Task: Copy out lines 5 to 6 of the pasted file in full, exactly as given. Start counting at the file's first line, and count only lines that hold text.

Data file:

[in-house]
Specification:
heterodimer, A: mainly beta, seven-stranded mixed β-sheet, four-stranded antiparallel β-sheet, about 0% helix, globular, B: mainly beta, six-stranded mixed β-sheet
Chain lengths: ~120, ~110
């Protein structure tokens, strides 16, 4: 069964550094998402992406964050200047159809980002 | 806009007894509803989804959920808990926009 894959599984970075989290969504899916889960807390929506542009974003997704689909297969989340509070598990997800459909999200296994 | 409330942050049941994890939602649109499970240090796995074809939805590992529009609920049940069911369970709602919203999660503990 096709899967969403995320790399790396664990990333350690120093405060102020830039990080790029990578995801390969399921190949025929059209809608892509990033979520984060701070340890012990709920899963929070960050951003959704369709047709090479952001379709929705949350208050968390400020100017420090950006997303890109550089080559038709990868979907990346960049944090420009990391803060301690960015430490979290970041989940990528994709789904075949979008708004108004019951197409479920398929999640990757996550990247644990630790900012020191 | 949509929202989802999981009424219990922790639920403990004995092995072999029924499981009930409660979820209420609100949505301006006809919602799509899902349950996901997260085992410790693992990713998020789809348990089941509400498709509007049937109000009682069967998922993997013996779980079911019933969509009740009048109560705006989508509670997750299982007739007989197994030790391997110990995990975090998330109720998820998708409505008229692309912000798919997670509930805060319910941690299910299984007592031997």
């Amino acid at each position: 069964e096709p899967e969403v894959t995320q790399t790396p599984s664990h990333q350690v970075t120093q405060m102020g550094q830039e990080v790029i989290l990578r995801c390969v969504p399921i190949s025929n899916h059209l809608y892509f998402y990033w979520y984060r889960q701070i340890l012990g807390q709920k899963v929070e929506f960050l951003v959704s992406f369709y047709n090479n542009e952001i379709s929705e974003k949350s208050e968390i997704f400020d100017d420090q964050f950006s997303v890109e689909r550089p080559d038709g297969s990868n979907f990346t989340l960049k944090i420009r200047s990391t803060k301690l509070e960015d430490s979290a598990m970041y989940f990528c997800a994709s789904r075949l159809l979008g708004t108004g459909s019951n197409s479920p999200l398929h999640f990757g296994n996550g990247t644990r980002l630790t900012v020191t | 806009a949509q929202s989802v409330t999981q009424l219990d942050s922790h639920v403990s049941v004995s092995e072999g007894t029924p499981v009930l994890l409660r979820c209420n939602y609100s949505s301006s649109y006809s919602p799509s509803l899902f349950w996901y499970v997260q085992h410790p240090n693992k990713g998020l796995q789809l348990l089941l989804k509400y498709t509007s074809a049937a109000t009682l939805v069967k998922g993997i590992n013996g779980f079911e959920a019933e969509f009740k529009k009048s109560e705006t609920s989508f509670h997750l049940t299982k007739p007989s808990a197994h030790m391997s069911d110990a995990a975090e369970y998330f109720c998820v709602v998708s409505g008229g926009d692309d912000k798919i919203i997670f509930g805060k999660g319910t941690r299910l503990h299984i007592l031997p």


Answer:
């Protein structure tokens, strides 16, 4: 069964550094998402992406964050200047159809980002 | 806009007894509803989804959920808990926009 894959599984970075989290969504899916889960807390929506542009974003997704689909297969989340509070598990997800459909999200296994 | 409330942050049941994890939602649109499970240090796995074809939805590992529009609920049940069911369970709602919203999660503990 096709899967969403995320790399790396664990990333350690120093405060102020830039990080790029990578995801390969399921190949025929059209809608892509990033979520984060701070340890012990709920899963929070960050951003959704369709047709090479952001379709929705949350208050968390400020100017420090950006997303890109550089080559038709990868979907990346960049944090420009990391803060301690960015430490979290970041989940990528994709789904075949979008708004108004019951197409479920398929999640990757996550990247644990630790900012020191 | 949509929202989802999981009424219990922790639920403990004995092995072999029924499981009930409660979820209420609100949505301006006809919602799509899902349950996901997260085992410790693992990713998020789809348990089941509400498709509007049937109000009682069967998922993997013996779980079911019933969509009740009048109560705006989508509670997750299982007739007989197994030790391997110990995990975090998330109720998820998708409505008229692309912000798919997670509930805060319910941690299910299984007592031997």
């Amino acid at each position: 069964e096709p899967e969403v894959t995320q790399t790396p599984s664990h990333q350690v970075t120093q405060m102020g550094q830039e990080v790029i989290l990578r995801c390969v969504p399921i190949s025929n899916h059209l809608y892509f998402y990033w979520y984060r889960q701070i340890l012990g807390q709920k899963v929070e929506f960050l951003v959704s992406f369709y047709n090479n542009e952001i379709s929705e974003k949350s208050e968390i997704f400020d100017d420090q964050f950006s997303v890109e689909r550089p080559d038709g297969s990868n979907f990346t989340l960049k944090i420009r200047s990391t803060k301690l509070e960015d430490s979290a598990m970041y989940f990528c997800a994709s789904r075949l159809l979008g708004t108004g459909s019951n197409s479920p999200l398929h999640f990757g296994n996550g990247t644990r980002l630790t900012v020191t | 806009a949509q929202s989802v409330t999981q009424l219990d942050s922790h639920v403990s049941v004995s092995e072999g007894t029924p499981v009930l994890l409660r979820c209420n939602y609100s949505s301006s649109y006809s919602p799509s509803l899902f349950w996901y499970v997260q085992h410790p240090n693992k990713g998020l796995q789809l348990l089941l989804k509400y498709t509007s074809a049937a109000t009682l939805v069967k998922g993997i590992n013996g779980f079911e959920a019933e969509f009740k529009k009048s109560e705006t609920s989508f509670h997750l049940t299982k007739p007989s808990a197994h030790m391997s069911d110990a995990a975090e369970y998330f109720c998820v709602v998708s409505g008229g926009d692309d912000k798919i919203i997670f509930g805060k999660g319910t941690r299910l503990h299984i007592l031997p």